Officer Sean Collier Campus Police Recognition Act: NAPO provided background on the Officer Sean Collier Campus Police Recognition Act, which amends the Omnibus Crime Control and Safe Streets Act of 1968 by adding campus police officers to the Department of Justice’s Public Safety Officers’ Benefits Program. This bill defines a “campus police officer” as a police officer who is authorized to enforce the criminal laws and is employed by an institution of higher education. (NAPO thanked Congressman McGovern for cosponsoring the bill and highlighted our efforts to garner additional support for the legislation).
Driver’s Privacy Protection Act (DPPA): NAPO briefed the staffers on our proposed language modifications to the most recent DPPA amendment, which include adding a clause that explains that penalties will be applied only if persons access information with the specific intent to secure an economic benefit. NAPO also proposes removing the $2,500 penalty for a violation of this act, as well as adding a statement that explains there must be repeated disregard of this law for action to be taken. If the language is not modified, law enforcement officers will be subject to large fines, and even the loss of their licenses for de minimus actions.
Community Oriented Policing Services (COPS) Improvement and Reauthorization Act: NAPO stressed the importance of passing this legislation, which would reauthorize the COPS program for five years and raise the current hiring cap from $75,000 to $125,000.
Finally, NAPO discussed our support of the McLelland-Hasse Line of Duty Act with Congressman Smith’s staff. This legislation would create a new federal crime for the killing, attempted killing, or conspiring to kill a United States judge, federal law enforcement officer, or federally funded public safety officer. The bill would also create a new federal crime for interstate flight to avoid prosecution for killing, attempting to kill, or conspiring to kill a United States judge, federal law enforcement officer, or federally funded public safety officer. The legislation would clarify and enhance penalties for assaulting a federal official during the discharge of his or her duties. Additionally, the bill would expressly allow all judges, prosecutors, and law enforcement officials, subject to limited regulations, to carry firearms into all federal facilities, federal courts, and in jurisdictions where the carrying of such weapons is otherwise prohibited by law.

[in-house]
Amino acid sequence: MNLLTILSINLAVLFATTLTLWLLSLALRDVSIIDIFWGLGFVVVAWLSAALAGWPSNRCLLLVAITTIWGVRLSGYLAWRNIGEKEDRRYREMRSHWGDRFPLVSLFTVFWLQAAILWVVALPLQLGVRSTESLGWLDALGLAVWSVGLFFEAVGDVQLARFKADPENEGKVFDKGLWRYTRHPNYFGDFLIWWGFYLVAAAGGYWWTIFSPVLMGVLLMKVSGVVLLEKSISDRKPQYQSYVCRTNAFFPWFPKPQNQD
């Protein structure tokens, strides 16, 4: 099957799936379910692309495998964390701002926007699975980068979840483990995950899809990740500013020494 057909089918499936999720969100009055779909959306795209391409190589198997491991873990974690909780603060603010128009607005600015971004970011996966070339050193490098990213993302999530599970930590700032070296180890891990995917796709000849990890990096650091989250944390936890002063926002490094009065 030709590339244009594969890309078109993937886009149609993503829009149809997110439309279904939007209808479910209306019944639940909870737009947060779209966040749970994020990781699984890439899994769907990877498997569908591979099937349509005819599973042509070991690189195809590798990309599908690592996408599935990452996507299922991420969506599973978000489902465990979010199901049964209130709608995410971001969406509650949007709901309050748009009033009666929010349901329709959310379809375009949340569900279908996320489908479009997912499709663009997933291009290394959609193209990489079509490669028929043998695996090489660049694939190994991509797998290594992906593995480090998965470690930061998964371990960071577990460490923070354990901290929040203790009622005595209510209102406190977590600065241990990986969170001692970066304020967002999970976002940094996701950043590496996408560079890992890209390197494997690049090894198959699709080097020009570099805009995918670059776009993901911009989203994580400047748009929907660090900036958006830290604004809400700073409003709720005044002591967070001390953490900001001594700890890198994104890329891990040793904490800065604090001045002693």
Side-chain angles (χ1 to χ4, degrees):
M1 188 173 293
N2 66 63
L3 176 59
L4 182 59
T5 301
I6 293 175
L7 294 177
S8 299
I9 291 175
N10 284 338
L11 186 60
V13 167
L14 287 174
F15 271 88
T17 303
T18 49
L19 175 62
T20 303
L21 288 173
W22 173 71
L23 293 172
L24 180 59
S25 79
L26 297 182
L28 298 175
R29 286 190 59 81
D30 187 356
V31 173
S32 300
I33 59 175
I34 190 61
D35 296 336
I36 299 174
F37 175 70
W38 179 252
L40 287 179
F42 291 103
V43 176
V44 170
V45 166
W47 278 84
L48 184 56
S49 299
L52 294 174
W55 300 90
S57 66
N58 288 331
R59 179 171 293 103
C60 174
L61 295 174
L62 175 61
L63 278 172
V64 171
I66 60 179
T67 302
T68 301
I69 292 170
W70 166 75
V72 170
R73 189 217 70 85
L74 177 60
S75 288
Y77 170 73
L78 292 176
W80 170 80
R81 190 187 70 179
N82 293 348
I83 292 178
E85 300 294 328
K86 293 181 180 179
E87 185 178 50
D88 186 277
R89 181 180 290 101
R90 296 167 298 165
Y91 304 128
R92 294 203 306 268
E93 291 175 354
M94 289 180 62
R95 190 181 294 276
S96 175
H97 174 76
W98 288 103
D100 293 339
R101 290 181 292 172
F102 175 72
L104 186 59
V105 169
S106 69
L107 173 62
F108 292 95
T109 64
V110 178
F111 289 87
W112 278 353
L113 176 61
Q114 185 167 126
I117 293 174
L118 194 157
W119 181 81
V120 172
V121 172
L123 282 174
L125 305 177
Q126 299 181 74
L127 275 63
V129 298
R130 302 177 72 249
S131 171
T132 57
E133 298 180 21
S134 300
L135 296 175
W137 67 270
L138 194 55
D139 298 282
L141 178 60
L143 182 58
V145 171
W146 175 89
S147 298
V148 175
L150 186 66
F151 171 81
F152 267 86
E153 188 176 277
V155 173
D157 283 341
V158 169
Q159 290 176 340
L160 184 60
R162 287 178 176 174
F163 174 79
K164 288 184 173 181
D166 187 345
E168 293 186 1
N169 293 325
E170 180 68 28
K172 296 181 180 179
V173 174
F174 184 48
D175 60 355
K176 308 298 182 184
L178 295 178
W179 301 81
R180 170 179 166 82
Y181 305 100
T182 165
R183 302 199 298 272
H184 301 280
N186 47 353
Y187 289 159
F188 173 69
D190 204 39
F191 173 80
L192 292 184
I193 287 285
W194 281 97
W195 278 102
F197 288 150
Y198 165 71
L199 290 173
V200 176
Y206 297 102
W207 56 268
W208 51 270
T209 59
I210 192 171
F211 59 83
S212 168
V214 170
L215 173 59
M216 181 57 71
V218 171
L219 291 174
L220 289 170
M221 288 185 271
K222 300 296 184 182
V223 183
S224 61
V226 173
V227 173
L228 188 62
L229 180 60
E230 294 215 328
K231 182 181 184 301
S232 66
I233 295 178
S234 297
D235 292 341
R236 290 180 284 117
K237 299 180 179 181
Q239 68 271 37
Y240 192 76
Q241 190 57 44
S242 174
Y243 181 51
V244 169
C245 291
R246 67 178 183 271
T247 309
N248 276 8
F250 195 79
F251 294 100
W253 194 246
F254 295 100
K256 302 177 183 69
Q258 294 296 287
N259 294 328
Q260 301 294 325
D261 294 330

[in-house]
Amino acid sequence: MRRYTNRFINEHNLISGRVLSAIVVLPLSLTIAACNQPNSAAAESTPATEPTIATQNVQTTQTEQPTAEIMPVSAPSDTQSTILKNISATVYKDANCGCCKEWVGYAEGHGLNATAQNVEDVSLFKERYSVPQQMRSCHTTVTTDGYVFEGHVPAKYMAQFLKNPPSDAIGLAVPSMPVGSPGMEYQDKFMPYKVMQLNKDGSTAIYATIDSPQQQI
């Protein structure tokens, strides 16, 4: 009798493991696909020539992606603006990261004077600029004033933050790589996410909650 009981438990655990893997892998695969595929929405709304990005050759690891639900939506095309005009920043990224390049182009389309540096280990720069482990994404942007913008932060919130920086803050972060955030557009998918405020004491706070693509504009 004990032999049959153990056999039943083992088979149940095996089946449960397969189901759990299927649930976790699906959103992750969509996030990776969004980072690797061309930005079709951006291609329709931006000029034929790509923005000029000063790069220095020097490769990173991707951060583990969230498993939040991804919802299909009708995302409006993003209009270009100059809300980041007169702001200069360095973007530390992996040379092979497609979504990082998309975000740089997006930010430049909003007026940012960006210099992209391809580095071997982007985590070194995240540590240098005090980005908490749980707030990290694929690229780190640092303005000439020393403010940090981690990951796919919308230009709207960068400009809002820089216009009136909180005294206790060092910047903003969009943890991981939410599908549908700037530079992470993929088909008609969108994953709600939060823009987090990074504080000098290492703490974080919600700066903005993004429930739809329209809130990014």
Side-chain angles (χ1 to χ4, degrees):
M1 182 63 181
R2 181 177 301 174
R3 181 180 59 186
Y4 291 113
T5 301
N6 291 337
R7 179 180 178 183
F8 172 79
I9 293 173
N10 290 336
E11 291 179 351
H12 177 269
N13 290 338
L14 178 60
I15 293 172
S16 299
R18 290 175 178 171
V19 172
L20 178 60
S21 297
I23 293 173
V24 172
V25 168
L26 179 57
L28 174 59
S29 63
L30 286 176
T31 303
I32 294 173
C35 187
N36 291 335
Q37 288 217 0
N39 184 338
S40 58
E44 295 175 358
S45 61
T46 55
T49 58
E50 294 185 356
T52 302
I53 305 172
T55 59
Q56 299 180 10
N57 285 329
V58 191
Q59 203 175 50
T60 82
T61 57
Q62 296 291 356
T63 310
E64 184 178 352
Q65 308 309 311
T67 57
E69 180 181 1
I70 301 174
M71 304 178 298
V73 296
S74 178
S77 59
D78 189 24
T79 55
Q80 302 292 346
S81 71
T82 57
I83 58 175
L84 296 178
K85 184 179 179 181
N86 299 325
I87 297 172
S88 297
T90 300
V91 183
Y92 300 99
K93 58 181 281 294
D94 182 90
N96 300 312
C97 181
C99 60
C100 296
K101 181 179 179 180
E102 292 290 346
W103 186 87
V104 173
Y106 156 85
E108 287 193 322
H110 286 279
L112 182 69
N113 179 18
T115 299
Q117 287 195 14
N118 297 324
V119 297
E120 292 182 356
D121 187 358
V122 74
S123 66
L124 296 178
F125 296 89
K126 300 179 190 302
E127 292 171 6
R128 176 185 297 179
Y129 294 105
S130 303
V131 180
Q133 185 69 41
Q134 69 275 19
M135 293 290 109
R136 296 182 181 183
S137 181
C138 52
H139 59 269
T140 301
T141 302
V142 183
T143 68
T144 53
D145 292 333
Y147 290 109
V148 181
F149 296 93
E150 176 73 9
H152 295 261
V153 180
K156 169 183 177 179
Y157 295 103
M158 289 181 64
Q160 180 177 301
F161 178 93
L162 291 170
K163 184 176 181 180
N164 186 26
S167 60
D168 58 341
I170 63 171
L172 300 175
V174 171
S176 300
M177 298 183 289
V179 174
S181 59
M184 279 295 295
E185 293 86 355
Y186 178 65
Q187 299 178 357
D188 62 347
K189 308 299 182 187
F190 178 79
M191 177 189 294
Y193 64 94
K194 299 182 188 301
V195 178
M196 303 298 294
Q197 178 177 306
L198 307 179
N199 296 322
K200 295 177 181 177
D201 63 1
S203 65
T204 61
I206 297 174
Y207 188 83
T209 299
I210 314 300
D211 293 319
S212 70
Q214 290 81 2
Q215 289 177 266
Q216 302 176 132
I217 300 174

The staffers were receptive to the above proposals, and we look forward to working with them on these legislative priorities.
Chairman Goodlatte and Congressman Forbes Ask DOJ to Appeal Court Decision that Allows Gang Members to Stay in U.S.
On February 21, 2014, House Judiciary Committee Chairman Bob Goodlatte (R-VA) and Congressman Randy Forbes (R-VA) sent a letter to Attorney General Eric Holder asking what the Department of Justice (DOJ) plans to do in light of a recent decision by the U.S. Court of Appeals for the 4th Circuit that endangers communities by allowing criminal gang members to receive asylum in the United States or withholding of removal by simply claiming that they have renounced their membership in the gang. In the case of Martinez v. Holder, the court ruled that Julio Martinez, an unlawful immigrant from El Salvador, could stay in the United States because he renounced his membership in the notoriously deadly MS-13 gang and returning to El Salvador could jeopardize his safety. This decision encourages fraud and creates a new loophole where gang members can simply claim that they are no longer a member of a gang.
The letter can be found at the following link: http://judiciary.house.gov/_cache/files/c40ba915-d436-4cef-8361-865e9a1b0a2f/attorneygeneralgangletter.pdf. NAPO will keep our members informed of DOJ’s response to this letter and future legislative actions.
"Press Release: Goodlatte & Forbes Ask DOJ to Appeal Court Decision That Allows Gang Members to Stay in U.S."
Press Release: Goodlatte & Forbes Ask DOJ to Appeal Court Decision That Allows Gang Members to Stay in
U.S. N.p., n.d. Web. 24 Feb. 2014.